Three California companies have agreed to pay a total of $530,000 to settle allegations that they knowingly violated the False Claims Act when they received and retained more than one Paycheck Protection Program (PPP) loan prior to Dec. 31, 2020, in violation of PPP rules.
La Baguette, LLC, which operates a bakery in Palo Alto, has agreed to pay $430,000 to settle allegations that it received and retained a duplicate PPP loan in 2020 and then later improperly sought and received forgiveness for the duplicate loan.
Dynamic Integrated Solutions, Inc., an industrial equipment supplier located in Santa Clara, has agreed to pay $50,000 in civil penalties to settle allegations that it received and retained a duplicate loan. The company agreed to repay the loan in full to its lender, relieving the U.S. Small Business Administration (SBA) of liability to the lender for the federal guaranty of approximately $985,000 on the duplicate loan.
Priority Acquisitions, Inc., a licensed general contractor located in Castro Valley, has agreed to pay $50,000 in civil damages and penalties to settle allegations that it received and retained a duplicate loan. The company agreed to repay the loan in full to its lender, relieving the SBA of liability for the federal guaranty of approximately $200,625.
Congress created the PPP in March 2020, as part of the Coronavirus Aid, Relief, and Economic Security (CARES) Act, to provide emergency financial support to the millions of Americans suffering the economic effects caused by the COVID-19 pandemic. The CARES Act authorized billions of dollars in forgivable loans to small businesses struggling to pay employees and other business expenses. Throughout 2020, PPP loan applicants were required to certify that they would not receive more than one PPP loan prior to Dec. 31, 2020.
“PPP loans were intended to provide critical relief to small businesses,” said Principal Deputy Assistant Attorney General Brian M. Boynton, head of the Justice Department’s Civil Division. “The department is committed to pursuing those who knowingly violated the requirements of the PPP or other COVID-19 assistance programs and obtained relief funds to which they were not entitled.”
“PPP loans were intended to help qualified businesses retain their employees and pay other bills during the pandemic,” said U.S. Attorney Stephanie M. Hinds for the Northern District of California. “This Office will continue to pursue any business that misused the program by obtaining PPP loans for which they were not eligible, as the three settlements announced today reflect.”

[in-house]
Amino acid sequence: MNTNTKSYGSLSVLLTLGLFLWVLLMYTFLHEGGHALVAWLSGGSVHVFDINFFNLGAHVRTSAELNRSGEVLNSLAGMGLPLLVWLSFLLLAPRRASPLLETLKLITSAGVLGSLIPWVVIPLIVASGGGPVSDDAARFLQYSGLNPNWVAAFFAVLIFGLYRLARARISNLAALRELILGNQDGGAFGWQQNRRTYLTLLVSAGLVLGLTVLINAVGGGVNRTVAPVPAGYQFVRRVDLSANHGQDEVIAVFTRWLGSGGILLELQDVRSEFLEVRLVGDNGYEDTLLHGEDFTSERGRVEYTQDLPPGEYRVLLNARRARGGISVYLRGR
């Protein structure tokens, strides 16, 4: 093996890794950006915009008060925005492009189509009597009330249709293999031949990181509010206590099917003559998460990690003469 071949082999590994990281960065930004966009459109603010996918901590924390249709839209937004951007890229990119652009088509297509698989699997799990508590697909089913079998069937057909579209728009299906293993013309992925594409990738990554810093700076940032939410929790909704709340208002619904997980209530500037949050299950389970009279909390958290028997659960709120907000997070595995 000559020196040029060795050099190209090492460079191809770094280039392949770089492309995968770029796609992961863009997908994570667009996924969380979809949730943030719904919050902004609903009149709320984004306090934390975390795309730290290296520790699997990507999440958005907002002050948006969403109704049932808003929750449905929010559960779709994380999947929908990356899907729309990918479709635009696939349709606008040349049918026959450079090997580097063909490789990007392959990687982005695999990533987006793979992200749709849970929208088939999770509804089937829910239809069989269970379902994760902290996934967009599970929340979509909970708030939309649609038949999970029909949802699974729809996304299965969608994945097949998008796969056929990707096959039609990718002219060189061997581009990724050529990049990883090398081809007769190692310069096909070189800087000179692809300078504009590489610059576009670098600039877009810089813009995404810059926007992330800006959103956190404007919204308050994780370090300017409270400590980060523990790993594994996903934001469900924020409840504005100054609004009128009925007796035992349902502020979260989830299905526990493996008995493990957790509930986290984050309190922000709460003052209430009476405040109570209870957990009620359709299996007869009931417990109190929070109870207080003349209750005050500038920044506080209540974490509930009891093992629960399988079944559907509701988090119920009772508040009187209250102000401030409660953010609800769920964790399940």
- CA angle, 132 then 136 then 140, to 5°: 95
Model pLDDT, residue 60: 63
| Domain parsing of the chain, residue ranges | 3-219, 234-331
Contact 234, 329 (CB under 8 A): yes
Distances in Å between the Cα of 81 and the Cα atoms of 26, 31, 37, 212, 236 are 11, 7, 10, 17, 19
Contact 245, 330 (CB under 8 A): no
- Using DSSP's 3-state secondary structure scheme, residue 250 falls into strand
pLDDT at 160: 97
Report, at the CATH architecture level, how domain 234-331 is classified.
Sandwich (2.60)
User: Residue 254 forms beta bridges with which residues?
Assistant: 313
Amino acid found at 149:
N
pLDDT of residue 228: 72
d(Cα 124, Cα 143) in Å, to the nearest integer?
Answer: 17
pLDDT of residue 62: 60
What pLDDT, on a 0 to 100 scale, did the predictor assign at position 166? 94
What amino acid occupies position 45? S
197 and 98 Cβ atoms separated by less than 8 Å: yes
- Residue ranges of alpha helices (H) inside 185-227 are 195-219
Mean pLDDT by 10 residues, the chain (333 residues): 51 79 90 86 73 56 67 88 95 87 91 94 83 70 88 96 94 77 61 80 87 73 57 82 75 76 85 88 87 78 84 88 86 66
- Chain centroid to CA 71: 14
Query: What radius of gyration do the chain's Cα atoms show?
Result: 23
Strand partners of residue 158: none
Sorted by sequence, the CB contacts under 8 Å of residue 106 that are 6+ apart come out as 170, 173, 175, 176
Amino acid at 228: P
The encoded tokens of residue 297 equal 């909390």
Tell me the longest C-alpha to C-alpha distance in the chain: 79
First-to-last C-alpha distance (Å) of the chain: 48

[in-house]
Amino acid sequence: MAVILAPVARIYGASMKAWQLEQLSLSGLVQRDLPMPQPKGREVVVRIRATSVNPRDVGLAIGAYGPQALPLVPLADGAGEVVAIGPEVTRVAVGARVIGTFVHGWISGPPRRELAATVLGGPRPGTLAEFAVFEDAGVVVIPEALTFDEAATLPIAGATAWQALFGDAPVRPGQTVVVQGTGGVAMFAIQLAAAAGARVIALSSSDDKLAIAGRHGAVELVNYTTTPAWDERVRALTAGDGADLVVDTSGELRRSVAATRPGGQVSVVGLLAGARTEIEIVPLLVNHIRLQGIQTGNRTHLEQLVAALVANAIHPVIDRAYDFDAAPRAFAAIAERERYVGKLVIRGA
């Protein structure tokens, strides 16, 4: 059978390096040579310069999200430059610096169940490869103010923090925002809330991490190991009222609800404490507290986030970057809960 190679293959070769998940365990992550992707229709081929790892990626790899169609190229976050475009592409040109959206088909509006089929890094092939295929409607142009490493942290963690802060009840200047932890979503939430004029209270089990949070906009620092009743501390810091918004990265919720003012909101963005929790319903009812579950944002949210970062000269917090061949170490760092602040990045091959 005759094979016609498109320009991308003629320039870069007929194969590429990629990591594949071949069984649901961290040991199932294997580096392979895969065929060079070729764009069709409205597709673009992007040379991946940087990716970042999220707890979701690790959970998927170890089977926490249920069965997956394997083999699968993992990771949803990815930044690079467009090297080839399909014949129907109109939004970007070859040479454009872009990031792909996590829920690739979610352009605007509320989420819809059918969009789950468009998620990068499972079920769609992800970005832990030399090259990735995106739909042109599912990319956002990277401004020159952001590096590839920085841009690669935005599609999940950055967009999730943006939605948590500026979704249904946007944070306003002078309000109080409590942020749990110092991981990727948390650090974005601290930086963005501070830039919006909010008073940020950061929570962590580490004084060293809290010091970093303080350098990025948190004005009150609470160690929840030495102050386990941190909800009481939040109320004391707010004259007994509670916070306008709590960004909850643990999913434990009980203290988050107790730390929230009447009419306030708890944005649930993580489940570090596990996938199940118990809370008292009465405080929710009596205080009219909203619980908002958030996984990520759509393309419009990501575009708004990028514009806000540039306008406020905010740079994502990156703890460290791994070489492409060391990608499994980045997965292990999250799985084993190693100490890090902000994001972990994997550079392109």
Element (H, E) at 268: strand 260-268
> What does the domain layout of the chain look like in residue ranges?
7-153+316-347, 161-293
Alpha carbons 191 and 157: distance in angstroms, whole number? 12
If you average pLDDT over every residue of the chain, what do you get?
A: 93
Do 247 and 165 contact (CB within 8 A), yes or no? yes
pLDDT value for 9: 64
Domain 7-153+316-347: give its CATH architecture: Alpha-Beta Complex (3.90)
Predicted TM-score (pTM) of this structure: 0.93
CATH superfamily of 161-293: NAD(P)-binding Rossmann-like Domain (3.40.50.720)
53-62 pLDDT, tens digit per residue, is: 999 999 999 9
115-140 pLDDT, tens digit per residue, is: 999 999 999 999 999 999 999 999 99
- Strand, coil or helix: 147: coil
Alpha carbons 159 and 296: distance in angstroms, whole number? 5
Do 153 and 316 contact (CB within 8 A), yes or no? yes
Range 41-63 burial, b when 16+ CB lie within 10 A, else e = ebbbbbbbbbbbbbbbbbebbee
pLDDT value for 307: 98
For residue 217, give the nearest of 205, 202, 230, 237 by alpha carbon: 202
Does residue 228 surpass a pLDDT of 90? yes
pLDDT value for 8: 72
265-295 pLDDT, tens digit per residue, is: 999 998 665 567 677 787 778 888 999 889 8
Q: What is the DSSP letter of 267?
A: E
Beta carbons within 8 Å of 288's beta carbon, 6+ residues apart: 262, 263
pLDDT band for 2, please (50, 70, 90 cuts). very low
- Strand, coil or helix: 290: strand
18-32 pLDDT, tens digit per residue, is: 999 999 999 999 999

“Those who violate the False Claim Act by fraudulently receiving and retaining SBA pandemic program funds will be held accountable,” said Special Agent in Charge Weston King of SBA OIG’s Western Region. “This settlement demonstrates that wrongfully obtaining taxpayer dollars will not go unnoticed, and violators will be identified. I want to thank the U.S. Attorney’s Office and our law enforcement partners for their support and dedication to pursuing justice in this case.”
The settlements resolve claims brought under the qui tam or whistleblower provisions of the False Claims Act by J. Bryan Quesenberry. Under those provisions, a private party can file an action on behalf of the United States and receive a portion of any recovery. The qui tam case is captioned U.S. ex rel. Quesenberry v. Bay Wire, Inc., et al., No. 2:20-cv-712 (N.D. Cal.). Quesenberry will receive a total of approximately $80,000 in connection with the three settlements.
The resolution obtained in this matter was the result of a coordinated effort between the Civil Division’s Commercial Litigation Branch, Fraud Section, and the U.S. Attorney’s Office for the Northern District of California, with assistance from the SBA’s Office of General Counsel and Office of the Inspector General.
This matter was handled by Trial Attorney Jared S. Wiesner of the Civil Division and Assistant U.S. Attorney Michael T. Pyle for the Northern District of California.
On May 17, 2021, the Attorney General established the COVID-19 Fraud Enforcement Task Force to marshal the resources of the Department of Justice in partnership with agencies across government to enhance efforts to combat and prevent pandemic-related fraud. The task force bolsters efforts to investigate and prosecute the most culpable domestic and international criminal actors and assists agencies tasked with administering relief programs to prevent fraud by, among other methods, augmenting and incorporating existing coordination mechanisms, identifying resources and techniques to uncover fraudulent actors and their schemes, and sharing and harnessing information and insights gained from prior enforcement efforts. For more information on the department’s response to the pandemic, please visit https://www.justice.gov/coronavirus.
Tips and complaints from all sources about potential fraud affecting COVID-19 government relief programs can be reported by visiting the webpage of the Civil Division’s Fraud Section, which can be found here. Anyone with information about allegations of attempted fraud involving COVID-19 can also report it by calling the Department of Justice’s National Center for Disaster Fraud (NCDF) Hotline at 866-720-5721 or via the NCDF Web Complaint Form at: https://www.justice.gov/disaster-fraud/ncdf-disaster-complaint-form.
The claims resolved by the settlement are allegations only, and there has been no determination of liability.